Get to the root of it

Get to the root of it

As the incidence of degenerative diseases continues to rise, stem cell research is breaking new grounds. Scientists are constructing biological substitutes that help restore and maintain normal function in diseased and injured tissues or organs, enlightens Dr Binita Srivastava

Applications of regenerative medicine technology may offer new therapies for patients with injuries, end-stage organ failure, or other clinical problems. Scientists in the field of regenerative medicine and tissue engineering are now applying the principles of cell transplantation, material science, and bioengineering to construct biological substitutes that will restore and maintain normal function in diseased and injured tissues. The stem cell field is a rapidly advancing aspect of regenerative medicine as well, and discoveries here create new options for this type of therapy.

Recently exciting new researches in medical and dental sciences have put the dental and medical doctors in the forefront of helping their patients. It has been discovered that numerous life-threatening situations can be tackled with various therapies derived from one’s own stem cells obtained from deciduous and permanent teeth. The most vital benefit that dental stem cells bear is their key ability of regenerating cells unlike the other conventional forms. This ability of regeneration and growth of fresh tissues and cells is the focus of regenerative medicine. It utilises personalised therapy modules by using the patients’ own stem cells for biologically compatible treatment modalities.

Dental stem cells are the most accessible stem cells; they are isolated from the dental pulp of healthy teeth, periodontal ligament including the apical region of developing teeth and other tooth structures. They can be used for specifically treating diseases such as Alzheimer’s, Parkinson’s, spinal cord injury, stroke, burns heart disease, arthritis and diabetes.

The dental surgeon plays a pivotal role in recovery and utilisation of these stem cells in both dental and medical regenerative therapies.

Currently, patients suffering from diseased and injured organs can be treated with transplanted organs. However, there is a shortage of donor organs, and the situation is worsening every year, as the population ages and adds to the cases of organ failure. At present, liver, heart, and kidney ailments can be treated by organ transplant from a donor. However, rejection rate of donated organs is quite high, thereby leading to a practical paucity of organs available for suffering patients. Also, diseases like stroke, Alzheimer’s disease, multiple myeloma, and diabetes, to name a few, cannot be treated by transplantation. Suitable stem cells provide a stronger hope for these cases. These cells are produced by cell cultures and injected into the body of the patients. It then brings about production of fresh replacement cells, which take over the diseased and damaged cells.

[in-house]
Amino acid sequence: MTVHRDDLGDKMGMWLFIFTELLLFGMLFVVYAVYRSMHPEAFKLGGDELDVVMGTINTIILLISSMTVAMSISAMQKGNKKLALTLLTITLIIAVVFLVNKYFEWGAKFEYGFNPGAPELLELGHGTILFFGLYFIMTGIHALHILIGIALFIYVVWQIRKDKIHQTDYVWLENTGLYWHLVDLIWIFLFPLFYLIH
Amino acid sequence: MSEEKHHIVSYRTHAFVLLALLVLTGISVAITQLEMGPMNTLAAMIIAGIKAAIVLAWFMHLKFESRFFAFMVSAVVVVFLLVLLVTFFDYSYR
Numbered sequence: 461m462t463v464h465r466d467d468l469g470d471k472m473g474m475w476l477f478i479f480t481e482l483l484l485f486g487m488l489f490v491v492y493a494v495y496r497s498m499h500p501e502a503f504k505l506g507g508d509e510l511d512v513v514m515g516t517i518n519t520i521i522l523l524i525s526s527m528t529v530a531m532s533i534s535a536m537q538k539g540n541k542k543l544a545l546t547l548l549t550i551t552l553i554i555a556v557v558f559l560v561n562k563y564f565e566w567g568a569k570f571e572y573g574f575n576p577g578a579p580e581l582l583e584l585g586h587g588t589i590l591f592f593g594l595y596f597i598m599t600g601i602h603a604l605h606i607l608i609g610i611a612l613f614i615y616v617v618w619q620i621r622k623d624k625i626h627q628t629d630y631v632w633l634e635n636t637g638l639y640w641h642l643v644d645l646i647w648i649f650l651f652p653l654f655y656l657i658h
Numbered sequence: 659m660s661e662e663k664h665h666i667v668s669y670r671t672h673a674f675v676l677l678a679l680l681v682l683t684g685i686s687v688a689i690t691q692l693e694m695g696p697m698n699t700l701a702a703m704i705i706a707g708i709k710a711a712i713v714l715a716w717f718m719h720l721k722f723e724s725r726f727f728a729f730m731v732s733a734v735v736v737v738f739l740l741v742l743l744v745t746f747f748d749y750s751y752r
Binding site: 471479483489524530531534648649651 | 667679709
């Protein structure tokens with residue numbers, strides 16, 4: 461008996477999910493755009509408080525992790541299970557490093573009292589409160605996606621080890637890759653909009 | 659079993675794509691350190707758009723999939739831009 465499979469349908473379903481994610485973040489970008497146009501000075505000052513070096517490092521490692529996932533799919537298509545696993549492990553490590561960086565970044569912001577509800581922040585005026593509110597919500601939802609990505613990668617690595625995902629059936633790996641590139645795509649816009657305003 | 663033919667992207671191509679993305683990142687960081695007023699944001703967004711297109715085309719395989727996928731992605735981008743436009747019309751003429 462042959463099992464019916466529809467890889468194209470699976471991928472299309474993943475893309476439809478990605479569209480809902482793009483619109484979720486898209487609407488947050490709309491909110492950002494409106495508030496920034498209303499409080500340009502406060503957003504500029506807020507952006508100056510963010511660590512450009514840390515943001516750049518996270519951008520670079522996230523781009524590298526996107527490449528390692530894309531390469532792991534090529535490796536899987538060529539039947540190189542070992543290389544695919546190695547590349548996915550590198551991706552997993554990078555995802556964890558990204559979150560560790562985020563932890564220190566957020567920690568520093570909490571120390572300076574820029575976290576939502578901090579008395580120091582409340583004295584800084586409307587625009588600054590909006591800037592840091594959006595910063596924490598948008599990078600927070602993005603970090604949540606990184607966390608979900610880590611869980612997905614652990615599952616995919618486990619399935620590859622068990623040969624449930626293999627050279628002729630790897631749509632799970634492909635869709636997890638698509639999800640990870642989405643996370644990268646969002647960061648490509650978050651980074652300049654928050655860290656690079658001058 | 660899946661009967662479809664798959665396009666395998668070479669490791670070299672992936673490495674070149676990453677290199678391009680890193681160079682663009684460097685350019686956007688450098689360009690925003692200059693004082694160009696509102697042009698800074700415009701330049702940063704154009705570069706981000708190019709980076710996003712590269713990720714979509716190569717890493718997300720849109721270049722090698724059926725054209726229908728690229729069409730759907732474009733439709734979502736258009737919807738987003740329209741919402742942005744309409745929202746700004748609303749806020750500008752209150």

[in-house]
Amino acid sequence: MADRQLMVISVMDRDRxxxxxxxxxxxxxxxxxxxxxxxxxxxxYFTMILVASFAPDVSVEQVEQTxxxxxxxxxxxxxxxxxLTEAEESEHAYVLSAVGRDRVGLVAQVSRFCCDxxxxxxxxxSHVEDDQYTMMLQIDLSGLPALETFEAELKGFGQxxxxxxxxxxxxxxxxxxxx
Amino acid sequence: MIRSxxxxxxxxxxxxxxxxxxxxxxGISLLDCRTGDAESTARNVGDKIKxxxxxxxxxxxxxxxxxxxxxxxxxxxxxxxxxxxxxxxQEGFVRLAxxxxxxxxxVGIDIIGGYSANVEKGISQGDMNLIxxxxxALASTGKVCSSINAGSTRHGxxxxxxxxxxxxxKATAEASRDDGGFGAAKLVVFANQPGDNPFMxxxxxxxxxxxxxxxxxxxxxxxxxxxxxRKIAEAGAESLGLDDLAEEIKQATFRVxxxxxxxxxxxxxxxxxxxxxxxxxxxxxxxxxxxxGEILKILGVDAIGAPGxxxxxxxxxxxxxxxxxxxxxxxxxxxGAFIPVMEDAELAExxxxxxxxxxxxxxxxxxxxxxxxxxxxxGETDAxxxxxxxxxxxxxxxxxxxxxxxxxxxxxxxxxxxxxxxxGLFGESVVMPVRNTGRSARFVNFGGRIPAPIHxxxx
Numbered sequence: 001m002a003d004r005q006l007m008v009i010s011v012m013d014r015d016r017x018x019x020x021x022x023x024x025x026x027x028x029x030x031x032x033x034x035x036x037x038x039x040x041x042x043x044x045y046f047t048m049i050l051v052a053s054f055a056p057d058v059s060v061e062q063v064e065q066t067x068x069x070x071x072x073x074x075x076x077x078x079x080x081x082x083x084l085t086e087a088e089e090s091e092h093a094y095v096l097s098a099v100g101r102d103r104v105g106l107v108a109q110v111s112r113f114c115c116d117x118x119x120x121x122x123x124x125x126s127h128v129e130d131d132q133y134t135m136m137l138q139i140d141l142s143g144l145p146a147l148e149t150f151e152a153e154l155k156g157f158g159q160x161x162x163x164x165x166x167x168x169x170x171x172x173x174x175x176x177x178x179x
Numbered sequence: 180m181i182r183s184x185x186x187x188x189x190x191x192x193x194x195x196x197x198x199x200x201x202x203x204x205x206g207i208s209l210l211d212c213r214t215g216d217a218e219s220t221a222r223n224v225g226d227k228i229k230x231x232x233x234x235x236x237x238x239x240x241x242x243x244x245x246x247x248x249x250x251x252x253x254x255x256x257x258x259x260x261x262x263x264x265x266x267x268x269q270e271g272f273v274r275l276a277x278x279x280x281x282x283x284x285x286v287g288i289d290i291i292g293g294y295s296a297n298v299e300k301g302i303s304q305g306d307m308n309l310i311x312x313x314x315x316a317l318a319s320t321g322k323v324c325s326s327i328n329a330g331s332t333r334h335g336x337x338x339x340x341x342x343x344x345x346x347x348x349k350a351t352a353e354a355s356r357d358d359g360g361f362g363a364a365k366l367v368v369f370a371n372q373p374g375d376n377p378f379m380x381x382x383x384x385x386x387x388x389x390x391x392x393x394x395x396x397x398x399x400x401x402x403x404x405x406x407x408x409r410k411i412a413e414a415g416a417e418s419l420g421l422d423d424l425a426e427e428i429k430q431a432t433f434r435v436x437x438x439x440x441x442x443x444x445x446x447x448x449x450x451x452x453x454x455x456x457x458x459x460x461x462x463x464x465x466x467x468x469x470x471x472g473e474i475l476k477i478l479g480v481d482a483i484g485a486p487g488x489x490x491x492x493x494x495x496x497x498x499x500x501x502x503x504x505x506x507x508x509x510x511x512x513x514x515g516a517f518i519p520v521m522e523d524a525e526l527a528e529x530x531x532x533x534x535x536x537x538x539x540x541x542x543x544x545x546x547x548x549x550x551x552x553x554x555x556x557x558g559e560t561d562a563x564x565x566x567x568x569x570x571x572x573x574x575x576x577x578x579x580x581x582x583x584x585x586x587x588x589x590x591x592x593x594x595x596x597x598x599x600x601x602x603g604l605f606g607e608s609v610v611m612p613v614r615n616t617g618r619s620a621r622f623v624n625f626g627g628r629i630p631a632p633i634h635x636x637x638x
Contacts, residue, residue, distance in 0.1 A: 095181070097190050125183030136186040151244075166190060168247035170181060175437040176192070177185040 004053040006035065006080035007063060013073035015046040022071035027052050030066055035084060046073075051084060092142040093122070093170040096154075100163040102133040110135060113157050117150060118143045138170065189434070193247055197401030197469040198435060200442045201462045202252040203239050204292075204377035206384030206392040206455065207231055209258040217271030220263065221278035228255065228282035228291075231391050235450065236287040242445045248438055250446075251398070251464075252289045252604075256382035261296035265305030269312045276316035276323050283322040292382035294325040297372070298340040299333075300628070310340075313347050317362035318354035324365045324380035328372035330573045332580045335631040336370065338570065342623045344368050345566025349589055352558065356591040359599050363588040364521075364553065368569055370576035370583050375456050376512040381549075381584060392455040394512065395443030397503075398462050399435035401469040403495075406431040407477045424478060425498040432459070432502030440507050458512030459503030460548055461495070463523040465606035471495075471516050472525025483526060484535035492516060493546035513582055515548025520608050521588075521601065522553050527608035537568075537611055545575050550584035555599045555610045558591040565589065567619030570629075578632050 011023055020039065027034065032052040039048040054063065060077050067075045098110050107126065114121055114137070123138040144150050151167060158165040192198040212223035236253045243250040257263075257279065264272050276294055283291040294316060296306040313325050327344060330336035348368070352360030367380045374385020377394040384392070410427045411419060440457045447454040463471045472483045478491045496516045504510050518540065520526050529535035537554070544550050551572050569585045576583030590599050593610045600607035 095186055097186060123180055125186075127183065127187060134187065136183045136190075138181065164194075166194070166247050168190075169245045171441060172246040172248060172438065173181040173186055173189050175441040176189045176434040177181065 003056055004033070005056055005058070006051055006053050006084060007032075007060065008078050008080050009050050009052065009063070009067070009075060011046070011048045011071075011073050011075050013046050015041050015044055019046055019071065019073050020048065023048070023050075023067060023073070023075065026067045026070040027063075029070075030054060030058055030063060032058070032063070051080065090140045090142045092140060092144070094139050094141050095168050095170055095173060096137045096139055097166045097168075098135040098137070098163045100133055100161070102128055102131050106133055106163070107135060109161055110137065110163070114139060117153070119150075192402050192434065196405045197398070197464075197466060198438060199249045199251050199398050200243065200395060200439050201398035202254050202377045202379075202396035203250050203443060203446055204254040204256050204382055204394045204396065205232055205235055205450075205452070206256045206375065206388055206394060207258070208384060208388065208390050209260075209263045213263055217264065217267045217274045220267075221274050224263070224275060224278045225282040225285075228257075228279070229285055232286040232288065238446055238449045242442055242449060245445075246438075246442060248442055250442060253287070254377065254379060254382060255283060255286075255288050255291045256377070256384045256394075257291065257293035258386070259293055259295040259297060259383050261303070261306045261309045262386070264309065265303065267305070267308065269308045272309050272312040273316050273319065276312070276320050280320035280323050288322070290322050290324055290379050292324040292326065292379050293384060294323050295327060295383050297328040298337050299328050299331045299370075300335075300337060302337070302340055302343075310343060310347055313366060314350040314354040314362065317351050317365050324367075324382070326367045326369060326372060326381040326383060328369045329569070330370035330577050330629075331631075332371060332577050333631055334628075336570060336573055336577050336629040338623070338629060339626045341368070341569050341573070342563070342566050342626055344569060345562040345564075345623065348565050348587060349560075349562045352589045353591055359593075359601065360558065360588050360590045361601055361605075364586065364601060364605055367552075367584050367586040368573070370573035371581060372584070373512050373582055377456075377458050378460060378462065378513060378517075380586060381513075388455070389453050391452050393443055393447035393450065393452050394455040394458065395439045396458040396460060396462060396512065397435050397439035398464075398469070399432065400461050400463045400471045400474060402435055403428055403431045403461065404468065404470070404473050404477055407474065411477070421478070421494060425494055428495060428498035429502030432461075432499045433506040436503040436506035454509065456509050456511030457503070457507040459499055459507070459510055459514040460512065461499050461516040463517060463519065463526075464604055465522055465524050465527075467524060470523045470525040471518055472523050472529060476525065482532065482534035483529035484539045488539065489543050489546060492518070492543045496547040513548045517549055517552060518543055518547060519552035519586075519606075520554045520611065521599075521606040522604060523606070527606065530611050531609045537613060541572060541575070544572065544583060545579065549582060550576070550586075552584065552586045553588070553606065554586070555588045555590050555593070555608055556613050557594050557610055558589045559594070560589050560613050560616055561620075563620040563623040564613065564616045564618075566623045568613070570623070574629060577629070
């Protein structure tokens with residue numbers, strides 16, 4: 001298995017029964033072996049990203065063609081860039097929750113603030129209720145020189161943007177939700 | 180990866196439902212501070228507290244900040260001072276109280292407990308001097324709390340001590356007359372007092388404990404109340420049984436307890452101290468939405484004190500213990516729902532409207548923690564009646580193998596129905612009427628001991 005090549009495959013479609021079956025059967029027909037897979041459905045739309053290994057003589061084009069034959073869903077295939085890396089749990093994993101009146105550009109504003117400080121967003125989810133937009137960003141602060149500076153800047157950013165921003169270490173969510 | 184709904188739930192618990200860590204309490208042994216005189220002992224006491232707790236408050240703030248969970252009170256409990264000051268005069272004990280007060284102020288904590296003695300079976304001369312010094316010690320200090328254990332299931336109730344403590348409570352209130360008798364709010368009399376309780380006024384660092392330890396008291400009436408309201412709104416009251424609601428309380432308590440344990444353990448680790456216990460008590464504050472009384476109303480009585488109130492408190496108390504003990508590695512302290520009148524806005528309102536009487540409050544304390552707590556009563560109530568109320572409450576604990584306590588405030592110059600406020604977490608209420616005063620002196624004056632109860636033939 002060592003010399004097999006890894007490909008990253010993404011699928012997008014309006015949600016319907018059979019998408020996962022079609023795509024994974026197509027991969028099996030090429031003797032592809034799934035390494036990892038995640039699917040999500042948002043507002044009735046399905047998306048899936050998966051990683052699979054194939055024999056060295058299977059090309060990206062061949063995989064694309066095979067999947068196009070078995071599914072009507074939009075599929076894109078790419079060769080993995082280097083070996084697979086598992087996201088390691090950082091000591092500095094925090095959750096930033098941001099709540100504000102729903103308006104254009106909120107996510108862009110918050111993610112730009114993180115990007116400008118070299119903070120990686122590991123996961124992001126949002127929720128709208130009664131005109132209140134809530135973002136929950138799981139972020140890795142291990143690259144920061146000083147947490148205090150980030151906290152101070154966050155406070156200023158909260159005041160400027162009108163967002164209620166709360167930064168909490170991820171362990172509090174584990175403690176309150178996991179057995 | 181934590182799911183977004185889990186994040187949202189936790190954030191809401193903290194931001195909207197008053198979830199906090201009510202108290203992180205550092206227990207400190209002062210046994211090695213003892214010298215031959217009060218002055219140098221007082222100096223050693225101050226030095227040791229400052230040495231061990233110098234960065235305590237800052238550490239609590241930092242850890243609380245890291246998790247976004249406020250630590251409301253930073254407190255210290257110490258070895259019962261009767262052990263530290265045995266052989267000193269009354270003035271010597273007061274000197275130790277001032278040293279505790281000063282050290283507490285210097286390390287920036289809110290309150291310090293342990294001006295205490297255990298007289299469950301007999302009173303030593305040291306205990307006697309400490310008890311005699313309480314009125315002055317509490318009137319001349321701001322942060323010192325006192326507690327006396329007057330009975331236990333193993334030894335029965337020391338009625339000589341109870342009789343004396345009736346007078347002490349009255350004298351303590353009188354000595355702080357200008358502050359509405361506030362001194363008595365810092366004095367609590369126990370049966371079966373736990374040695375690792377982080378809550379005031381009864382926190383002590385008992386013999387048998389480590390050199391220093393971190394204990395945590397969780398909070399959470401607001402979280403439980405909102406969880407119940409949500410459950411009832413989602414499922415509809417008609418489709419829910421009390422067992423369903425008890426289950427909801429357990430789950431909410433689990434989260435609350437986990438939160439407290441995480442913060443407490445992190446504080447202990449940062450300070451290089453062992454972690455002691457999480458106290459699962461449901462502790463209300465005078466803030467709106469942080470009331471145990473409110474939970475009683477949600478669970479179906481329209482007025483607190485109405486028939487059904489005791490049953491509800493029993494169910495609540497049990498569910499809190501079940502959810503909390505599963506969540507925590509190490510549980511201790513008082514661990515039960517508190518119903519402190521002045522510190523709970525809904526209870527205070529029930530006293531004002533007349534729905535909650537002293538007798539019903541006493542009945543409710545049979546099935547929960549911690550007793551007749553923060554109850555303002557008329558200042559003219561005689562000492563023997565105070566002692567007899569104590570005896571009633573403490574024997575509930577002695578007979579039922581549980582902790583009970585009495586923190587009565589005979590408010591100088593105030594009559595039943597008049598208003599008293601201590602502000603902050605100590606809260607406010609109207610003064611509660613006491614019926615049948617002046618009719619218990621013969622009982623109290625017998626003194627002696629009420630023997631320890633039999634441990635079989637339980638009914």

A single embryonic stem cell has the potential to differentiate into all 220 types of specialised cells that make up the human body. Adult stem cells are responsible for the regeneration and replacement of tissue damaged by disease or injury. Mesenchymal stem cells taken from the dental pulp and bone marrow are able to differentiate into cartilage, bone and adipose cells.

Bone marrow transplants were the first successful stem cell therapies. Human Adipose-deprived stem cells have been shown to differentiate in the lab into bone, cartilage, fat, and muscle. Umbilical cord stem cells have been differentiated into several cell types such as cells of the liver, skeletal muscle, neural tissue and immune cells.


n Stem cells are valuable for testing new drugs. Drugs are being applied directly to human cells and these provide more relevant data than drug testing on animals.

n Adult stem cells may be used to regenerate bone and correct oral and craniofacial defects.

n Regenerative therapy is less invasive than surgical implantation, and early animal studies suggest comparable results in strength and function of the biological implant as compared to a traditional dental implant.

n Stem cells extracted from the dental pulp of a third molar could be harvested, then directly implanted into the pulp chamber of a severely injured tooth. The goal is to regenerate the pulp inside the damaged tooth, preventing the need for endodontic treatment.

n Stem cells derived from the periodontal ligament may offer promise for regenerating the periodontal ligament and other supporting structures of the periodontium that have been destroyed by gingival disease, with an alternative approach to traditional clinical therapies.

New stem cell therapies are already under review or have been approved by the US Food and Drug Administration (FDA). Many other therapies are in various stages of product development. As the number of people affected by degenerative diseases continues to increase, there will be a greater need for new treatment options for the ever-growing ageing population. Harvesting and storing stem cells now will ensure their availability in the future when they might be needed most.

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